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Syndicated Columnist Kathleen Parker on Elian Gonzalez I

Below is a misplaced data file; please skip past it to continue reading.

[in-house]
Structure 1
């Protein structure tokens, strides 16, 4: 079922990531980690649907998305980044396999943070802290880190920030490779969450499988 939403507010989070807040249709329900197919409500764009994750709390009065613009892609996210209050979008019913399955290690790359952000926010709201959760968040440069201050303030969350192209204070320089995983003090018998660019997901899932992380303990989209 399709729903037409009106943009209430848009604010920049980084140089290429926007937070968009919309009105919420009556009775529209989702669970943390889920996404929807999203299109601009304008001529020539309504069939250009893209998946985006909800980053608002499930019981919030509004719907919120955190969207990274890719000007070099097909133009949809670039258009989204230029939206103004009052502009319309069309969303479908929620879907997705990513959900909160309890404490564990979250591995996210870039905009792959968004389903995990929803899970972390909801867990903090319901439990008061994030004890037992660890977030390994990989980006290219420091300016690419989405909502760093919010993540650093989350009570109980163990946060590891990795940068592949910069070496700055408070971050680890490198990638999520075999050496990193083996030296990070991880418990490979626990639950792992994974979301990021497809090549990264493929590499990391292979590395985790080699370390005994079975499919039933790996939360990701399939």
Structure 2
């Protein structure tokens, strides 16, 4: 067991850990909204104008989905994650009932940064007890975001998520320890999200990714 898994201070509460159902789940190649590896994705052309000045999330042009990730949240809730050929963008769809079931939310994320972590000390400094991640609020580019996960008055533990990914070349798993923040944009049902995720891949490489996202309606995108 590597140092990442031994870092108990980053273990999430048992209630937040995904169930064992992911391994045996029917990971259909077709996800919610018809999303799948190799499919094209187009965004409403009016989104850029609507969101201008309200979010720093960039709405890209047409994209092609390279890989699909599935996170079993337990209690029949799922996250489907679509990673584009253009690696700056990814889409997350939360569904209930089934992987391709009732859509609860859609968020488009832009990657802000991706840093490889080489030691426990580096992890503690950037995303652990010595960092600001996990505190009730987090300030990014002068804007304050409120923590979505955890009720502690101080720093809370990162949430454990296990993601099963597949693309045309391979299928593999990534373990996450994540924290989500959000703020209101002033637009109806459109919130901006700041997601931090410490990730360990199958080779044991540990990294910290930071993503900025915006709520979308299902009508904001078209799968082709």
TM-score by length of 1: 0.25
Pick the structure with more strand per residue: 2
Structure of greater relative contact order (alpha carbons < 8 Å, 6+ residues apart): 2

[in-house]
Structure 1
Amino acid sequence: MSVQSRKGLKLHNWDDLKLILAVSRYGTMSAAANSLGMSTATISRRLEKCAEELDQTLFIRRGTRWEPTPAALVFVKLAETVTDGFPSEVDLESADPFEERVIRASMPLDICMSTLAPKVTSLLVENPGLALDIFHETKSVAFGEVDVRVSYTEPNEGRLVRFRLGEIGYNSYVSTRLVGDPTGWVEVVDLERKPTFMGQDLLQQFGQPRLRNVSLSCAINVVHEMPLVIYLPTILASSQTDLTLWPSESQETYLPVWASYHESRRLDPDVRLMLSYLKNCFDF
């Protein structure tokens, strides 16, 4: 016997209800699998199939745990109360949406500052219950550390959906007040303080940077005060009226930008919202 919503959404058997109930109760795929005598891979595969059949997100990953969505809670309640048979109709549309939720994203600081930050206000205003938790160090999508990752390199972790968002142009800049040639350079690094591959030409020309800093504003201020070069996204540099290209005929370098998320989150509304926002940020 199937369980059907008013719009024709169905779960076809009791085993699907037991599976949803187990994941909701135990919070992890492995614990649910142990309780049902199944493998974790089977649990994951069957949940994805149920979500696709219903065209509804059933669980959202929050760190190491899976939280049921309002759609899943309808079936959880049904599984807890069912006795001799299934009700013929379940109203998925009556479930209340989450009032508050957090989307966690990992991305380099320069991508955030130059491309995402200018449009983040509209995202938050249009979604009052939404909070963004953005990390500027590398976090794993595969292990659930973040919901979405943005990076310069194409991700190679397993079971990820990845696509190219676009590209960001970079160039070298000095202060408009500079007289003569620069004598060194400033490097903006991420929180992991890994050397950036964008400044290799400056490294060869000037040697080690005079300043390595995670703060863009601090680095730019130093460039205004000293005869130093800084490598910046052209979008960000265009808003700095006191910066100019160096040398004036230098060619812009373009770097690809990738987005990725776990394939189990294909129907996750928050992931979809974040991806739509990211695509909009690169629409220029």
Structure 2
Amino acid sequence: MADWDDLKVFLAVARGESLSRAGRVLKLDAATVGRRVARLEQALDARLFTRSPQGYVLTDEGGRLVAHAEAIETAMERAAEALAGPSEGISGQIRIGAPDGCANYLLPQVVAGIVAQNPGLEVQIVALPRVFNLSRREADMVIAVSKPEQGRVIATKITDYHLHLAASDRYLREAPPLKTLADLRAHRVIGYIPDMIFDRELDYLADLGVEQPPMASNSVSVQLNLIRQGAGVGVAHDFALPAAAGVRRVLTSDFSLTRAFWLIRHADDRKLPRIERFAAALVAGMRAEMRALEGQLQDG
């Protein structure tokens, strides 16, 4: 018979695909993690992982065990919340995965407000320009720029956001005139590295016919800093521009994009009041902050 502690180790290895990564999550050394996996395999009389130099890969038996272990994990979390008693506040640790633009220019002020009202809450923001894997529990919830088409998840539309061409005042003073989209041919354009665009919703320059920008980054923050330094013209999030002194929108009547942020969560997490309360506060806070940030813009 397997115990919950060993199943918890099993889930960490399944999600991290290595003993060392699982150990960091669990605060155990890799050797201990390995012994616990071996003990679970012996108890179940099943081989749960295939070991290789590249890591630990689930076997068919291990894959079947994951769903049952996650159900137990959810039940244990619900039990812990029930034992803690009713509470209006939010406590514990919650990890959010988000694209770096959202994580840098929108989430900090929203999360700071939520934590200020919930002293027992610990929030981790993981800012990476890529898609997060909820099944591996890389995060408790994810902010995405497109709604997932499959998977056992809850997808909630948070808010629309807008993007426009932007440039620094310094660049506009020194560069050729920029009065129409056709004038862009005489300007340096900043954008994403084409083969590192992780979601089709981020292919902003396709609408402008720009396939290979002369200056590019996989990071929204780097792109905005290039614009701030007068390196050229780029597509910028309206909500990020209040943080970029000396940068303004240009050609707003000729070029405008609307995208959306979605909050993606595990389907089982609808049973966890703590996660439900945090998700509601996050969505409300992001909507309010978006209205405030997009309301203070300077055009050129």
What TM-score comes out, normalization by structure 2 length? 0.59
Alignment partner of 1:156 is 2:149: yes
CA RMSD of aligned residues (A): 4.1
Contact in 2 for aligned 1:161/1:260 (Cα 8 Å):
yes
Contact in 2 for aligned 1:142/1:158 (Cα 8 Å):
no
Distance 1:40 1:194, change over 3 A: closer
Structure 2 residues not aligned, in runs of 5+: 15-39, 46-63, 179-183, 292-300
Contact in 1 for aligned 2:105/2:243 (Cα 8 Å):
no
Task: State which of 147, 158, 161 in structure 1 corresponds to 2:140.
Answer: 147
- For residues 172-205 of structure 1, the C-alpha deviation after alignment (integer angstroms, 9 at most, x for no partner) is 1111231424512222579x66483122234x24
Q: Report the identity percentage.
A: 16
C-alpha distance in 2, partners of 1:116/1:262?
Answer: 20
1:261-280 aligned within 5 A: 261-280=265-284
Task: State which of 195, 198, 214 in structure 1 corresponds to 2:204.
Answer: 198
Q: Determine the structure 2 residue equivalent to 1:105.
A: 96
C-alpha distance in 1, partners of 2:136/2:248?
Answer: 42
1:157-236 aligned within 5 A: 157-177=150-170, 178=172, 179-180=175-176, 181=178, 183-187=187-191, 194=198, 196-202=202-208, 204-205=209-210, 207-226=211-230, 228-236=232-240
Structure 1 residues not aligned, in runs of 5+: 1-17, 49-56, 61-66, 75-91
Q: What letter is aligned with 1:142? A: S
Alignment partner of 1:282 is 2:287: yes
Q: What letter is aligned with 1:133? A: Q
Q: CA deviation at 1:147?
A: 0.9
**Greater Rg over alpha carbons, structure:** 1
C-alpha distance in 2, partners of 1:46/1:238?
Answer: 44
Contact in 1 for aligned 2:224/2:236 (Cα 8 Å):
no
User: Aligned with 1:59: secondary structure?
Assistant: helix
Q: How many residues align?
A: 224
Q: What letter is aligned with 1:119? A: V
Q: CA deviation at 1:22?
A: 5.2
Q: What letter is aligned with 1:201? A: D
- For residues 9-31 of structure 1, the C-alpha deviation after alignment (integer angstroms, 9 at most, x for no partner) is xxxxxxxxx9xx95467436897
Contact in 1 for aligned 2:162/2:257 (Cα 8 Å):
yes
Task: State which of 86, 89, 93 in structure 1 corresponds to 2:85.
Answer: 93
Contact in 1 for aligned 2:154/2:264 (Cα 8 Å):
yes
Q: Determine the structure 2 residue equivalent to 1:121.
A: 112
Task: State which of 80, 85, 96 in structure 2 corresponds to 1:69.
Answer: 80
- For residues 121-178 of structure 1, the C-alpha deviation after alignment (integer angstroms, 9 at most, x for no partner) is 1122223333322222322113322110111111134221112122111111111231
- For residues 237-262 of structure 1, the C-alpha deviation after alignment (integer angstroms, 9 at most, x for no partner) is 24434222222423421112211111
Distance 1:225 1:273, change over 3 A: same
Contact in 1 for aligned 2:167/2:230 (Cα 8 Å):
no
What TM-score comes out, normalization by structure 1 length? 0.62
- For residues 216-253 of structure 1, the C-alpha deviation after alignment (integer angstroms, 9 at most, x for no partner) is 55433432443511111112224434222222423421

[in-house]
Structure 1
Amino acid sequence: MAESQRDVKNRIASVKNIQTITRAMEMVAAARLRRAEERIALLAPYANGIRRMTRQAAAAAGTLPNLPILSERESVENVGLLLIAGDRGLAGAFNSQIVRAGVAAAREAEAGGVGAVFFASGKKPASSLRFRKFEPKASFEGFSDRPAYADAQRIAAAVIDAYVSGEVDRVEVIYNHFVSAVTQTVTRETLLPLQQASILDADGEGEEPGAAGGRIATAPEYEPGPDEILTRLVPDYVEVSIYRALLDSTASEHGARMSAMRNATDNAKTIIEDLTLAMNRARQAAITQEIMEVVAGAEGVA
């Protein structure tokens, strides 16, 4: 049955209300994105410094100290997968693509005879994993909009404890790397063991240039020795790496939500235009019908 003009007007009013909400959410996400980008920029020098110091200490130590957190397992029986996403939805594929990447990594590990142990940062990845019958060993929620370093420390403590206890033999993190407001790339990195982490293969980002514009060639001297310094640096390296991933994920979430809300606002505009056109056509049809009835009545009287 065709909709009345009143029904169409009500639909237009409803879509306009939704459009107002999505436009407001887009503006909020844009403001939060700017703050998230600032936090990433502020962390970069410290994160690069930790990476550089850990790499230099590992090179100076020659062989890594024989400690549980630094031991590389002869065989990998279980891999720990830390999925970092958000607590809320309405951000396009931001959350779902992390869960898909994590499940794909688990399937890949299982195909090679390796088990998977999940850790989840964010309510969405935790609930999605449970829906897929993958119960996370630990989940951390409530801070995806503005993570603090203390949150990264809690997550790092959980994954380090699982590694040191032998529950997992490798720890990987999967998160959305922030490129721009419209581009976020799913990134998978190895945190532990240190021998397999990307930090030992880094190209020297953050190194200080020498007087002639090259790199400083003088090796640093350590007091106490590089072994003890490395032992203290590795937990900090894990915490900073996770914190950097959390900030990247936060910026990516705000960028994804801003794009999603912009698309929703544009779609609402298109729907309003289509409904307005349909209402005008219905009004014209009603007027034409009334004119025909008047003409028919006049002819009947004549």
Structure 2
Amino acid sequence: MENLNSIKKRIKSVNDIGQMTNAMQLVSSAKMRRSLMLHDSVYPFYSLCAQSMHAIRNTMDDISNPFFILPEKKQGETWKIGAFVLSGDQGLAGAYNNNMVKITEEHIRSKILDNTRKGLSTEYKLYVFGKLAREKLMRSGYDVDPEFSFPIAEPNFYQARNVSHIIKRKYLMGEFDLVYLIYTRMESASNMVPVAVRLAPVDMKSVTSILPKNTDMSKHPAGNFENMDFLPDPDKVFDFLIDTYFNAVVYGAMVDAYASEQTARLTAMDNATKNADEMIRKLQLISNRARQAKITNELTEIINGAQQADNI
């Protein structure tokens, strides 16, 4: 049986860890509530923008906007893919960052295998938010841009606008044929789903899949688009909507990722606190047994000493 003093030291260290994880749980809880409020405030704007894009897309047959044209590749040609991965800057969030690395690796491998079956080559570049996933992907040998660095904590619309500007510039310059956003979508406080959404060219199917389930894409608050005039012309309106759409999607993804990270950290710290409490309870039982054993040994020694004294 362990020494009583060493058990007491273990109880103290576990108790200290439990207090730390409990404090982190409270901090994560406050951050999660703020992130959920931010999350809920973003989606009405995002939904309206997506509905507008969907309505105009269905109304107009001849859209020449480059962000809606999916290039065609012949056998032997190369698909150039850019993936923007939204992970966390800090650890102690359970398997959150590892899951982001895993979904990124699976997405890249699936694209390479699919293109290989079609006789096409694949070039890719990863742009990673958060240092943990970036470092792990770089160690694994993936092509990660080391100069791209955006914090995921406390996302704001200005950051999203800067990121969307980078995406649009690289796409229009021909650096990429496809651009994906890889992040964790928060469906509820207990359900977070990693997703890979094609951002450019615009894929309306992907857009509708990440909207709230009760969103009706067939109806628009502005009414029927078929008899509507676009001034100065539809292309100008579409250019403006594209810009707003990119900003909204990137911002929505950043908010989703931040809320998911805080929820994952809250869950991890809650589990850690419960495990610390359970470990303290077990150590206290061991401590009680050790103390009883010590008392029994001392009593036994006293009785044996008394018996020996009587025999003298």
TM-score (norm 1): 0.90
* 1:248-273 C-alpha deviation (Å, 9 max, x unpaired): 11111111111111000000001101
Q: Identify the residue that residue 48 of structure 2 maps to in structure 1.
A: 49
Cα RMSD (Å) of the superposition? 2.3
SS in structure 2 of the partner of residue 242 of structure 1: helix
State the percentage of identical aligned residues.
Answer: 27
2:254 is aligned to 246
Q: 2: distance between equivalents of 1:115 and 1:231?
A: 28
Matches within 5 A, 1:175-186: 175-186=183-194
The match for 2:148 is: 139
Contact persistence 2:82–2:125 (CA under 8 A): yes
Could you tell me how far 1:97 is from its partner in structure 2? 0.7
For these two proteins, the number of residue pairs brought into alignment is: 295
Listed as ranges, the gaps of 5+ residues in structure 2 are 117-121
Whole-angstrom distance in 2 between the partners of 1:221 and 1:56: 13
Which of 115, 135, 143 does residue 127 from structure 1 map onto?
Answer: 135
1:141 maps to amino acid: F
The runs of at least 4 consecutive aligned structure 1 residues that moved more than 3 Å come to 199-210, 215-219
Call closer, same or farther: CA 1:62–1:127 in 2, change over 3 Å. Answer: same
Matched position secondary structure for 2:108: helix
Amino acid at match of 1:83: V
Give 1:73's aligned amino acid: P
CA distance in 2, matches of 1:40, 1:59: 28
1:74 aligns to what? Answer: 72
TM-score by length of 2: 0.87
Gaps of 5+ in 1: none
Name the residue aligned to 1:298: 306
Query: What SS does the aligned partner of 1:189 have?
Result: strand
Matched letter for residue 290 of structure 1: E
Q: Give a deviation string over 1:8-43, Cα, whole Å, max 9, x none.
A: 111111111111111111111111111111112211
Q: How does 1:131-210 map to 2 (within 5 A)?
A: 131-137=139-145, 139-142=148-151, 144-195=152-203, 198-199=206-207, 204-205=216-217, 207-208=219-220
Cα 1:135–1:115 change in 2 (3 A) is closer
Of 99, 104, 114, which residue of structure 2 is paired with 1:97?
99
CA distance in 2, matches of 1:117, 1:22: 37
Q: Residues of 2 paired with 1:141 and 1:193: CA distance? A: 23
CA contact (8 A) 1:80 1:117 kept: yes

Background: In the outrageous "Elian Gonzalez II" case in Miami, Rafael Izquierdo, a fit, loving father, has faced numerous obstacles to reunite with his 5-year-old daughter. From day one of this case, the Florida Department of Children & Families has done everything in its power to separate Rafael Izquierdo from his little girl. This week I partnered with Dr. Ned Holstein and Fathers & Families in a campaign to protest this injustice. Thousands of you have answered our call to action, the campaign has been covered by the Associated Press and others, and Florida DCF has opened a dialogue with us. To learn more or to join our campaign, click here. Syndicated columnist Kathleen Parker, who is published in over 300 newspapers every week, is concerned about the decline of fatherhood, and was one of the most articulate defenders of Juan Miguel Gonzalez during the original Elian Gonzalez case in 1999/2000. She has covered our campaigns in the past, including our Campaign Against PBS's Father-Bashing Breaking the Silence in this column, and has expressed interest in our Elian Gonzalez II campaign. Below I reprint excerpts from one of Parker's best columns--When did fathers become fair game? (12/12/99)--written during Elian Gonzalez I. Parker wrote: "The persistent negative messages about fathers as abandoners, 'deadbeats,' or batterers is so pervasive - and has been so successful - that we readily condemn men guilty of nothing. "Just as readily, apparently, many Americans have been willing to essentially kidnap a child from his only living parent on the basis that, well, he's only a father. "My mail the past few days following a column in which I insisted the boy be returned to his father - Juan Miguel Gonzalez - underscores the strength of this bias against fathers. Though the majority agreed, a disturbing many questioned the father's 'motives' in trying to get back his son. Love isn't enough, apparently; there must be an ulterior motive. "Readers suggested variously that the father might be an abuser. After all, he and his wife were divorced, surely through no fault of the woman's. Or, as one wrote, 'He may have been boozing, whoring, gambling, etc, instead of loving. It may be that she (the mother) went to such desperate measures to escape his influence on her son.' "Maybe. Then again, maybe not. Shouldn't we presume that fathers are as good as mothers absent evidence to the contrary. Why do fathers have to prove they're fit, while mothers enjoy our instant support? The gender bias implicit in such questions - and the inherent prejudice against fathers - has rarely been so clear... "Critics of Elian's return to Cuba have justified their position by saying we know nothing of the father. We don't know his birth sign or his suit size, that's true, but we do know that the father loves his child and had an ongoing relationship with him, according to Elian's own U.S. relatives. "That's good enough for me, but there's more. Juan Miguel Gonzalez was a custodial parent, caring for Elian during the day while his mother worked. Elian's mother cared for him at night while his father worked as a doorman at a resort hotel. Theirs sounds like the kind of cooperative post-divorce relationship most Americans couldn't manage if world peace depended on it. "Now, imagine that your own child, whom you love and care for every day, suddenly disappears and is found days later floating on the open sea. Suppose he is rescued by citizens of a foreign nation, which refuses to return him to you on the basis of your country's political system. "Let's just say that if I were Juan Miguel Gonzalez, the people detaining my child should consider me armed and dangerous. Juan Miguel Gonzalez deserves not only his son, but an apology and, perhaps, a congressional medal for self-restraint." I 100% agree with that last sentence.